Angie Quaale – I don’t know. The type & scope of development in the Brookswood/Fernridge area needs to be decided on by the community. All of the stakeholders need to come together with the Township to create an Official Community Plan (OCP) that everyone can live with. A new OCP needs to be built around community feedback and participation. As a community, we need to work to strike a balance between agriculture, commercial and residential. All three of those components are incredibly important to the future of our community and we must respect the importance of each of them.  In order to maintain the high quality of life we already enjoy here in Langley we need to support diversity in our development plans, prioritize public safety and protect the environment.  First and foremost, we can’t put the interest of one group ahead of another. 

Kim Richter – DON’T KNOW. The residents of Brookswood/Fernridge need to have a much more active and open role in the development of a new OCP for the area. Brookswood/Fernridge is a unique community and its uniqueness should not be sacrificed to Willoughby-type densities unless the existing community predominantly agrees with it. Only 3% of all of the land in Langley Township is home to coniferous forests. Approximately 50% of these important forests are located in Brookswood/Fernridge. If we allow clear-cutting in Brookswood/Fernridge in order to accommodate high density Willoughby-type development, then our community will lose half of the coniferous forests that we currently have and enjoy for natural beauty, wildlife and air quality. Loss of this habitat will also have a significant and negative impact on the shallow, unconfined Brookswood aquifer. In my opinion, the loss of these forests will permanently and irrevocably change the character of Brookswood/Fernridge. I think we “need to leave the ‘wood’ in Brookswood” but all the area residents deserve the final say on this.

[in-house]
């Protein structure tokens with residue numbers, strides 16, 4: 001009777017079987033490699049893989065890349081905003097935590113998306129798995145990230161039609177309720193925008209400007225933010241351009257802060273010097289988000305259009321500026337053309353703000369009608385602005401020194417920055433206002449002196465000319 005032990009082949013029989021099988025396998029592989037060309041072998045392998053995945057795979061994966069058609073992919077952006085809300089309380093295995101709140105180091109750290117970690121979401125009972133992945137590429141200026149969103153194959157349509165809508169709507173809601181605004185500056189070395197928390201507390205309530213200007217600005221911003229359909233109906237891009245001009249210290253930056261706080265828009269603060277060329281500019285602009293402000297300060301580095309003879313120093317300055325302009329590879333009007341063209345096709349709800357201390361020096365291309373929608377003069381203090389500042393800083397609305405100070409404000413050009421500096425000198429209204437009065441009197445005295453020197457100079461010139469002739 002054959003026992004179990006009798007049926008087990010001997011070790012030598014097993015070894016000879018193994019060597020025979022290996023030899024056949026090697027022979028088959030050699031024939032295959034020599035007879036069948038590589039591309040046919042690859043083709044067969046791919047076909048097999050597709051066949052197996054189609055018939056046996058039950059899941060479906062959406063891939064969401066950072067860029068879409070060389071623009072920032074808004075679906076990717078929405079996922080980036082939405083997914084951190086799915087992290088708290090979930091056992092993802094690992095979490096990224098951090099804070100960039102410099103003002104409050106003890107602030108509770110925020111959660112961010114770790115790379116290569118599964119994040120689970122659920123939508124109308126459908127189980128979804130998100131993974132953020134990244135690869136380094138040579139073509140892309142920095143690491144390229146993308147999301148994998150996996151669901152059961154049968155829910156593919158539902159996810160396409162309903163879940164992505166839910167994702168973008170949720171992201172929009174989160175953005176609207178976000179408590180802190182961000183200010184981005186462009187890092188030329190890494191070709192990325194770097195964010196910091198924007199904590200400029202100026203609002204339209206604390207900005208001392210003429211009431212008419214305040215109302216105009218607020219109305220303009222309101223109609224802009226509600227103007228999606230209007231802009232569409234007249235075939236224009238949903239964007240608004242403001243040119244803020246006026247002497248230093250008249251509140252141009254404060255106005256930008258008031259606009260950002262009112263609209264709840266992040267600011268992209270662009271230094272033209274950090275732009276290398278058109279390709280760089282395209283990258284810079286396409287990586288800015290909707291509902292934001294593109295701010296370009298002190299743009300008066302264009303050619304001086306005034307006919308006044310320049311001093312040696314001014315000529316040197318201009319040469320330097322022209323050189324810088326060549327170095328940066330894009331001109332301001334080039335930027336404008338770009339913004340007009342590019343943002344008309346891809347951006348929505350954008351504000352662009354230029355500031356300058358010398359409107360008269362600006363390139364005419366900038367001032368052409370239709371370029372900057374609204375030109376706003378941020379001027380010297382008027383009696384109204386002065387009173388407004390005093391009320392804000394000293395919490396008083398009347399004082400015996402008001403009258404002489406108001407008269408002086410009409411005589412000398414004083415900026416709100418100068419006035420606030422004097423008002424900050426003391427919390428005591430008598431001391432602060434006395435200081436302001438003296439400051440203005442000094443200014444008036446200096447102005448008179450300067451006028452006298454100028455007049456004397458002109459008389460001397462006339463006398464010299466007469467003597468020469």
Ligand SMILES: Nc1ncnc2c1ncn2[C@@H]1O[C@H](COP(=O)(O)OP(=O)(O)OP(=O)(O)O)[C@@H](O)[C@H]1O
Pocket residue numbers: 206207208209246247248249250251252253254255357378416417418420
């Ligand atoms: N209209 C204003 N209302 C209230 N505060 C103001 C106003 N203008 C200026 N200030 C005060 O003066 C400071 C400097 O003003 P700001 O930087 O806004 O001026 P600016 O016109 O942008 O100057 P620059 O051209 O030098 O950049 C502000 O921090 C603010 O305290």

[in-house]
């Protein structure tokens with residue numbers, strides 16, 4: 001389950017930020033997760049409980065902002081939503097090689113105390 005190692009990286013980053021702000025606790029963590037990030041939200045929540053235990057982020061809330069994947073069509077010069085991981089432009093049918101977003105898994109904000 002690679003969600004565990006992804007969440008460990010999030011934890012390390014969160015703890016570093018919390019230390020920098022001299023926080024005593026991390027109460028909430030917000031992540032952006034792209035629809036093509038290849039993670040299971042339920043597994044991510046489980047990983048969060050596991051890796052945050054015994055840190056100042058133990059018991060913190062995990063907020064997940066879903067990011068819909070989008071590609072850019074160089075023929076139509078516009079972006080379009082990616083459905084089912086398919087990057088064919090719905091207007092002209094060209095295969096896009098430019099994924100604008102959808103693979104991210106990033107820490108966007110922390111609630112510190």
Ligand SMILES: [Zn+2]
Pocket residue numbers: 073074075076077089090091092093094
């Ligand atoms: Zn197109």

Kerri Ross – I could be with the right combination of infrastructure and community input. I encourage the community to participate in the creation of a plan that is liveable for the residents there now and the residents that will be there in the future.  

Michelle Sparrow – Don’t Know. It would have to be the right density for Brookswood and Fernridge, we are a community of communities and we must preserve what makes each community unique, there is no one solution that fits all, this must be a plan which is right for the area. The new OCP process must be collaborative and my hope is the community will come out and help shape the future of the Brookswood area. We also need to evaluate the timing of when and how this development moves forward, as I speak of in Question 2; I believe the creation of a Development Phasing Strategy will be key moving forward for all areas of our community.  

Blair Whitmarsh – Yes. The management of new population growth is one of the primary issues facing the Township of Langley now and over the next 20-25 years.  It is crucial that we have OCP’s that strategically and intelligently accommodate the expected growth.  It is critical that we create a new OCP for Brookswood and Fernridge that manages growth at the same time as protecting the environment, property values, and quality of life.  This will only come through effective public consulation, expert opinion, and a Township Council capable of balancing the needs of the community.  Increased population brings many services and benefits to a community but we must be careful that we manage that growth in a sustainable way.